It’s been said both within and without the Vatican that Pope Francis’ encyclical regarding the environment and climate change is an effort to show that the Roman Catholic Church is on the side of science this time, as opposed to when, in the 17th century, scientist Galileo Galilei was accused of heresy by the Inquisition for claiming that the Earth revolved around the Sun (and was forced to deny his own science and put under house arrest for the balance of his life).
I would suggest, however, that this misses a fundamental point when it comes to comparing these two scientific and societal controversies: i.e. the relationship of the Earth to the Sun in astronomical terms versus the contemporary science of global warming a.k.a. climate change (which curiously enough some actually believe might really be about the relationship of the Earth to the Sun in climatological terms). Continue reading Pope Getting It Wrong on Galileo (Again)→
52° (F), raw and raining is what it is on this June 2nd; the same as it was on June 1st. Now there are places getting much worse weather, so this is not any cry for sympathy. However, this is a beginning to summer unlike any yours truly has experienced in the last couple of decades in New York. The season may not officially begin until June 21st, but the warm 70° and 80°+ weather had always settled in for the long haul by the start of June. The current chilly snap feels like yet one more tentacle of this past winter that did not want to die, reaching up from the cold grave when we thought it had finally truly gone. Continue reading I Like New York in June→
There’s a famous cartoon by Saul Steinberg, called “View of the World from 9th Avenue,” which was a cover for the New Yorker magazine in 1976. It shows 9th and 10th Avenues in Manhattan in detail with cars and people, and then the rest of the world receding in size and significance, with bare rocks designating esoteric places like Texas, Los Angeles and Nebraska, and China, Japan and Russia featured as gray shores beyond a Pacific Ocean which isn’t much bigger than the Hudson River. The concept has been imitated many times for other locales, and it’s amusing because it contains a truth about human nature: That which is going on closest to us seems most important, and we’re generally satisifed to have the vaguest notions about people and places farther away.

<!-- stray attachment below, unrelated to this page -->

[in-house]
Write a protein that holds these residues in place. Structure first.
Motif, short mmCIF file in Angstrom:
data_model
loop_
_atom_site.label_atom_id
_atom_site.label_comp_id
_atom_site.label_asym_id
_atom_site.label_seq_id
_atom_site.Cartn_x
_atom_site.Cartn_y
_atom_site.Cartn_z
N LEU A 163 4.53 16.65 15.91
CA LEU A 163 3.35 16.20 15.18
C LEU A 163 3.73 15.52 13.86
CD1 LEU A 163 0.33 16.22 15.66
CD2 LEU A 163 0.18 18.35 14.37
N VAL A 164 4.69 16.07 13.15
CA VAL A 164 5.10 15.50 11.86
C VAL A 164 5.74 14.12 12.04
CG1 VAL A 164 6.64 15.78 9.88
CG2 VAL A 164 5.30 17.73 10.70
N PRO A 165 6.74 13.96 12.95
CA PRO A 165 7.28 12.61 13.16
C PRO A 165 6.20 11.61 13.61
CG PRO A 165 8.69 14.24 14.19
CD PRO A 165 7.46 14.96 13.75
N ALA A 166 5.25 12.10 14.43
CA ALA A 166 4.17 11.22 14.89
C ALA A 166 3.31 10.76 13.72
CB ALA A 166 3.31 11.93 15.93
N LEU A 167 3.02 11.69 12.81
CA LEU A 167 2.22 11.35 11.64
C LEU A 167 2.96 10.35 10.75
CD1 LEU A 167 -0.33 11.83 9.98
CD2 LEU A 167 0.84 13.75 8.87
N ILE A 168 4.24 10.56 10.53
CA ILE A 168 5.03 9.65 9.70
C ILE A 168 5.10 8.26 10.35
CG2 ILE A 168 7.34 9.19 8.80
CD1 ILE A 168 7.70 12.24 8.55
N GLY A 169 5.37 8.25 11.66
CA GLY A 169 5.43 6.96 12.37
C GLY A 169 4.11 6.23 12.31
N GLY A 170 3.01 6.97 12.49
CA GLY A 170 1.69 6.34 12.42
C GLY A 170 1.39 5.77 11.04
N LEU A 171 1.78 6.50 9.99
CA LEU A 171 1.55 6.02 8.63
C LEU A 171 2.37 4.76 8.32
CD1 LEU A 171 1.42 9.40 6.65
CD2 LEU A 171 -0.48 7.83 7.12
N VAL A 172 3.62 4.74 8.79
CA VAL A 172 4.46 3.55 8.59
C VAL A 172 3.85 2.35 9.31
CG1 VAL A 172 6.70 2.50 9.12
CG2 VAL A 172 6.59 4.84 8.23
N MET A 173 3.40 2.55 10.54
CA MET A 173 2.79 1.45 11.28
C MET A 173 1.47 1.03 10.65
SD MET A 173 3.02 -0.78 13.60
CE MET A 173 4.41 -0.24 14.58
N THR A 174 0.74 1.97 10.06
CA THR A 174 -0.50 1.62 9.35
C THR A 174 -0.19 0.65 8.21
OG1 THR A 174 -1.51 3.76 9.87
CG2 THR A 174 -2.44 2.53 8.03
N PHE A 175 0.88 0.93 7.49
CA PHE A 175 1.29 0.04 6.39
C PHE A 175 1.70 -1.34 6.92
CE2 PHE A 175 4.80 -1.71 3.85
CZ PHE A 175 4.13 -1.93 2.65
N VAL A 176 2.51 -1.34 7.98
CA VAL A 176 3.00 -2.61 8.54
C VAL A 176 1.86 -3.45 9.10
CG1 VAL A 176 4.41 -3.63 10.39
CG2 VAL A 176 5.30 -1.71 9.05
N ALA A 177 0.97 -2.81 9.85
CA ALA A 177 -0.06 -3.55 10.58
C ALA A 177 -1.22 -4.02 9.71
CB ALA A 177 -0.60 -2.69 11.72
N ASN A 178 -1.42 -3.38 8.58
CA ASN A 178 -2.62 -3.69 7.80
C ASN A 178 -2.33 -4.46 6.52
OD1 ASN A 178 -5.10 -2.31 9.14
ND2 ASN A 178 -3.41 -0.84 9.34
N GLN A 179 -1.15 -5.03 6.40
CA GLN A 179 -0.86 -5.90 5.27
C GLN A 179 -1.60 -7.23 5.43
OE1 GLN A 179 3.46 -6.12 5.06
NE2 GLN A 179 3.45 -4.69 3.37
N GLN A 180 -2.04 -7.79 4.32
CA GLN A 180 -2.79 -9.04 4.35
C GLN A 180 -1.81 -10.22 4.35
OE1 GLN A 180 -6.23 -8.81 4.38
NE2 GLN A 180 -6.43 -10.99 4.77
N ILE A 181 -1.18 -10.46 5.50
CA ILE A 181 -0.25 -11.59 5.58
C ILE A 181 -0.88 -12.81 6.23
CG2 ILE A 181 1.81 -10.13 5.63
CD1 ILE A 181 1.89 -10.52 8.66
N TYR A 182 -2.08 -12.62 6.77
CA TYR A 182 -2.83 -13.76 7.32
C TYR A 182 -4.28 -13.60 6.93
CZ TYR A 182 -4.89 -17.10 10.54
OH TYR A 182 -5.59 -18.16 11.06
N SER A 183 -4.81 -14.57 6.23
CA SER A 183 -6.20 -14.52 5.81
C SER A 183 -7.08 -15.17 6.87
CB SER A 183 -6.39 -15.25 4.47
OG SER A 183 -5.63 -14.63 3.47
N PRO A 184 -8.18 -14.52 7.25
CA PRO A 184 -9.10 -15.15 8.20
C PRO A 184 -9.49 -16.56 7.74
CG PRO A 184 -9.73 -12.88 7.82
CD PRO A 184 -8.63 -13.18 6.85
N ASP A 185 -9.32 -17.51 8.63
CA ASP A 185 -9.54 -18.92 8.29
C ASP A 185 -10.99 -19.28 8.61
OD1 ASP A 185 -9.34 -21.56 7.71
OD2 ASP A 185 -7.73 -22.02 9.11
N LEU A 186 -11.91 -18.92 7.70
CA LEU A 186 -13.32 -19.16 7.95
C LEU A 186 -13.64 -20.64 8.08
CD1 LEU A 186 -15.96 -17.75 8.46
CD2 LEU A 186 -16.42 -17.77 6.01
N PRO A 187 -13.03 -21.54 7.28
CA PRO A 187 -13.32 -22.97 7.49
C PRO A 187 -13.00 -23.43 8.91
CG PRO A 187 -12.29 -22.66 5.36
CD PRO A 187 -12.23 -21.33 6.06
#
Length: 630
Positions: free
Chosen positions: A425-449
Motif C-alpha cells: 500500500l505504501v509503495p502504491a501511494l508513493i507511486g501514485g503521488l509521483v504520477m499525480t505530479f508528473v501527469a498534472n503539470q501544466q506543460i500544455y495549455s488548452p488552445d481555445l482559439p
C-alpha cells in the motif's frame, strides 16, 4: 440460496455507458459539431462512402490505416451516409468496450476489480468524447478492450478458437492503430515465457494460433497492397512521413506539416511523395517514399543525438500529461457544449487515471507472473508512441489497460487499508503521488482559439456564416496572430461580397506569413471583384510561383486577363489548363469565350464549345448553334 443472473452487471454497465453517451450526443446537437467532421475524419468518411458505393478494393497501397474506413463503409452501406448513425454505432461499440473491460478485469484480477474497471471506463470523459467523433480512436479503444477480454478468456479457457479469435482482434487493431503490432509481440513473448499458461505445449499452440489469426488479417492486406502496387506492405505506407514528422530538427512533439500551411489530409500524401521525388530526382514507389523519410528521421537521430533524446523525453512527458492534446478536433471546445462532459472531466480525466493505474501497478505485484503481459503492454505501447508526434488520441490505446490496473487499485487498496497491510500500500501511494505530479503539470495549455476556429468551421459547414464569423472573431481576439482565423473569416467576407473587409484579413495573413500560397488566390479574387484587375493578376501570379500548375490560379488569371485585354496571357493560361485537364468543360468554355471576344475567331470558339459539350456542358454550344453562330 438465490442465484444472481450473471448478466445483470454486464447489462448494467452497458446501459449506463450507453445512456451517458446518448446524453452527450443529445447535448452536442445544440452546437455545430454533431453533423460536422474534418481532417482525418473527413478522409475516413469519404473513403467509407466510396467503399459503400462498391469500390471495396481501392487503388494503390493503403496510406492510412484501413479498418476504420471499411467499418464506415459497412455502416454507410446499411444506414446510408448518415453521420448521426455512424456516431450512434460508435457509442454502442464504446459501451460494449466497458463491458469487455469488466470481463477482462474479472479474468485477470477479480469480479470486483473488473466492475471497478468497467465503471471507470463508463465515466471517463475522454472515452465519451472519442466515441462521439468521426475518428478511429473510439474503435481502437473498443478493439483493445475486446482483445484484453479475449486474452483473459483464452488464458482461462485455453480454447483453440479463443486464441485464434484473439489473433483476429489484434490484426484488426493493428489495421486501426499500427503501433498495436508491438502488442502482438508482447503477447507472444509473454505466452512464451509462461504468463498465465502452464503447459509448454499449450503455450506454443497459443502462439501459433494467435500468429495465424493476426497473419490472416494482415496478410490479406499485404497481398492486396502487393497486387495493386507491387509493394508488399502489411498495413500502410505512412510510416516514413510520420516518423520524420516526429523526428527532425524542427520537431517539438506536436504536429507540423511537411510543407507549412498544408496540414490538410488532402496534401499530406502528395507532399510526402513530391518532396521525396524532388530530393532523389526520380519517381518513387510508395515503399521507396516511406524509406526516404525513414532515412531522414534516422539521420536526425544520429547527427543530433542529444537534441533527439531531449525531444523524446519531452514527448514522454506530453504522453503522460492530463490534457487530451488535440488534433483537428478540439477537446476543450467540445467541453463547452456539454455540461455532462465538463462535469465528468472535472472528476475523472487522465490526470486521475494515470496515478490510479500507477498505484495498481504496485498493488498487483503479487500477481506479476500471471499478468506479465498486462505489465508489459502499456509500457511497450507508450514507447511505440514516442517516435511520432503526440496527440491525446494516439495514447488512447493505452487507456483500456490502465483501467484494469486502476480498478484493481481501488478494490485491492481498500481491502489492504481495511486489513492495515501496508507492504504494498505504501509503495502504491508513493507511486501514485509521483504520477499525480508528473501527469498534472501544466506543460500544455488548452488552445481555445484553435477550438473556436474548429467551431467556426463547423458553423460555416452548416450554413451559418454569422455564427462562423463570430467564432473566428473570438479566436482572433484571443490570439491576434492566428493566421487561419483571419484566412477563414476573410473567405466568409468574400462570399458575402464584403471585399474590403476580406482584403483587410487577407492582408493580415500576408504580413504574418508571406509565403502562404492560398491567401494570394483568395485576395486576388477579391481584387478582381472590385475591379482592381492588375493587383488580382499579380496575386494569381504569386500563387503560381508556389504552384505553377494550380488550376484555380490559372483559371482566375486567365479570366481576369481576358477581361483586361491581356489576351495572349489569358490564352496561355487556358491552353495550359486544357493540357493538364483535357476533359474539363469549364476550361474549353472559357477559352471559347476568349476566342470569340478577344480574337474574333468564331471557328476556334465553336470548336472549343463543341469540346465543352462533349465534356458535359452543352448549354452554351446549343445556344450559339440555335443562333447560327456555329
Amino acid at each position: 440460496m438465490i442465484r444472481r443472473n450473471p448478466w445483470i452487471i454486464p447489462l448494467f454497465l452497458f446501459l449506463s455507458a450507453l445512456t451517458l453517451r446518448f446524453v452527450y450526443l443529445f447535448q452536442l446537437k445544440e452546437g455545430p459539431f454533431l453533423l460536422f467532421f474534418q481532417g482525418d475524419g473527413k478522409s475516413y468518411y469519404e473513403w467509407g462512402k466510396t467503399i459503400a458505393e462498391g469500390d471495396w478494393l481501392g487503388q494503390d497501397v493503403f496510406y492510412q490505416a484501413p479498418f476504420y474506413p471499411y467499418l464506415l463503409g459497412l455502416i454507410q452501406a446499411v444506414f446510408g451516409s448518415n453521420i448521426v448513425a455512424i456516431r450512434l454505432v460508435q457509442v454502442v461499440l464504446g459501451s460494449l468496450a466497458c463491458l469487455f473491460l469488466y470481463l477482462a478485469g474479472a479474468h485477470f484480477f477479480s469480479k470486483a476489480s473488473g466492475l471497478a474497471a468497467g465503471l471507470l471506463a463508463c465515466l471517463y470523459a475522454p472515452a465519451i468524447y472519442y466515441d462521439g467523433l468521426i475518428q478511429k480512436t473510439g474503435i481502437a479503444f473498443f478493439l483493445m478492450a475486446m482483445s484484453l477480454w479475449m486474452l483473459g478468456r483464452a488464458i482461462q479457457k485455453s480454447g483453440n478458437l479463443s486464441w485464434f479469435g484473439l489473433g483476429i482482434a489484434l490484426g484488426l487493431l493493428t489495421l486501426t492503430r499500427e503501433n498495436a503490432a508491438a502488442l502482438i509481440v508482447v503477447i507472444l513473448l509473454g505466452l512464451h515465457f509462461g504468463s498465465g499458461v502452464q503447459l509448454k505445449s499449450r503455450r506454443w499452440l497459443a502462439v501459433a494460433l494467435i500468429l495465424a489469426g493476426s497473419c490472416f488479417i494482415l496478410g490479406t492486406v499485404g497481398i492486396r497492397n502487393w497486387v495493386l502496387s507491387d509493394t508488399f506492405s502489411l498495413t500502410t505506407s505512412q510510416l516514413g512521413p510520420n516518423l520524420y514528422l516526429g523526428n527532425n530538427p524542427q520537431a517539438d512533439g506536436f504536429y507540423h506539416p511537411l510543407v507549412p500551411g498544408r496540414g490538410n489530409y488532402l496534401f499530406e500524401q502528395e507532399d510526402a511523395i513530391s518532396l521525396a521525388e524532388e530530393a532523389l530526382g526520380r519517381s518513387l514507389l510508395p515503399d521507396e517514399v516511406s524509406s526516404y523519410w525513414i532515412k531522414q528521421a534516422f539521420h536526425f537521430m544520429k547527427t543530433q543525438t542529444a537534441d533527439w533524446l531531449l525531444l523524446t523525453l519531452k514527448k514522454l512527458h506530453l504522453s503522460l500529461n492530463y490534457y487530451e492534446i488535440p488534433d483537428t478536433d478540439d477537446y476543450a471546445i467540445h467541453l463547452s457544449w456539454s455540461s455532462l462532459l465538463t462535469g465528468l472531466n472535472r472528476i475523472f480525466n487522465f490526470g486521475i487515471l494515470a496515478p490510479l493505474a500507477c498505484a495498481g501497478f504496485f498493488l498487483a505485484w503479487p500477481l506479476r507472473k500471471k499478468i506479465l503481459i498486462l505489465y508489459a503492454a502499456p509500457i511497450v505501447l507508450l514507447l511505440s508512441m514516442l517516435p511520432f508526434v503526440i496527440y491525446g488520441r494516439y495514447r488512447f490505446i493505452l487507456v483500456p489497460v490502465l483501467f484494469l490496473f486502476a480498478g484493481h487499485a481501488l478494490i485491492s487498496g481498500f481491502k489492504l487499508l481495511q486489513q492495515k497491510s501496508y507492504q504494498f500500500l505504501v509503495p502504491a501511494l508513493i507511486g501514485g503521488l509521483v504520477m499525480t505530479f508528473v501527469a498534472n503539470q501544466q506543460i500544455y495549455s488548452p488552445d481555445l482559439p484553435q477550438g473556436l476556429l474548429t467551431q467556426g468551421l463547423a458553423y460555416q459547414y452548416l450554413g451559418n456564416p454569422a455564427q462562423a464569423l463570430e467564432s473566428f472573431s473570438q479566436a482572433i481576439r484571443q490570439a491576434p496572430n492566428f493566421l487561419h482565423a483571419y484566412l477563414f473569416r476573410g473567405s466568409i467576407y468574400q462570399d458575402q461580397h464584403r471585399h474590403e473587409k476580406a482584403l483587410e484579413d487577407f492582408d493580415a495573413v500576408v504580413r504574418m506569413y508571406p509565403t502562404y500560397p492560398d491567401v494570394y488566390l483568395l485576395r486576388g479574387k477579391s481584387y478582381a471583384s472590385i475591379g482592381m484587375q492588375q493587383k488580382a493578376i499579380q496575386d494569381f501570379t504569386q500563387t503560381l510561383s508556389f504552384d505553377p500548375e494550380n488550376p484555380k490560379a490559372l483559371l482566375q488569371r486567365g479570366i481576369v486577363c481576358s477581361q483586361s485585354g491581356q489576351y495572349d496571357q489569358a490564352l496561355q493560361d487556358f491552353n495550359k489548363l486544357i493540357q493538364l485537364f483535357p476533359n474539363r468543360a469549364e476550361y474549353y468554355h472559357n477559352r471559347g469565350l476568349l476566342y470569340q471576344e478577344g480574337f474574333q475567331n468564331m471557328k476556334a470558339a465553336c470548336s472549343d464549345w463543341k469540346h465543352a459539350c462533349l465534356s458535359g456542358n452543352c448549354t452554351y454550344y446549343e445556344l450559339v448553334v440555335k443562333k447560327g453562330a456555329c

I believe that the same kind of distorted lens affects our perception of weather events. The storm that just occurred is so much worse than storms previously recorded in history (even if it’s not). There is a much greater number of storms and much more damaging weather these days in general than there ever has been before (even if there is not). And even the really, really smart people who are in charge of us seem to be susceptible to this “View of the World from New York on Halloween of 2012.” Mayor Mike Bloomberg said the other day that: “What is clear is that the storms we’ve experienced in the last year or so around this country and around the world are much more severe than before.” Governor Andrew Cuomo is quoted as saying: “There has been a series of extreme weather incidents … Anyone who says there’s not a dramatic change in weather patterns, I think is denying reality.” Well, indeed, what’s reality? Is it our immediate and emotional perception in the wake of a particular weather disaster or historical facts and numbers taken from a long period of time? Roger Pielke (professor of environmental studies at the University of Colorado) has pulled out some of the latter:
In studying hurricanes, we can make rough comparisons over time by adjusting past losses to account for inflation and the growth of coastal communities. If Sandy causes $20 billion in damage (in 2012 dollars), it would rank as the 17th most damaging hurricane or tropical storm (out of 242) to hit the U.S. since 1900 – a significant event, but not close to the top 10. The Great Miami Hurricane of 1926 tops the list (according to estimates by the catastrophe-insurance provider ICAT), as it would cause $180 billion in damage if it were to strike today. Hurricane Katrina ranks fourth at $85 billion.
To put things into even starker perspective, consider that from August 1954 through August 1955, the East Coast saw three different storms make landfall – Carol, Hazel and Diane – that in 2012 each would have caused about twice as much damage as Sandy.
While it’s hardly mentioned in the media, the U.S. is currently in an extended and intense hurricane “drought.” The last Category 3 or stronger storm to make landfall was Wilma in 2005. The more than seven years since then is the longest such span in over a century.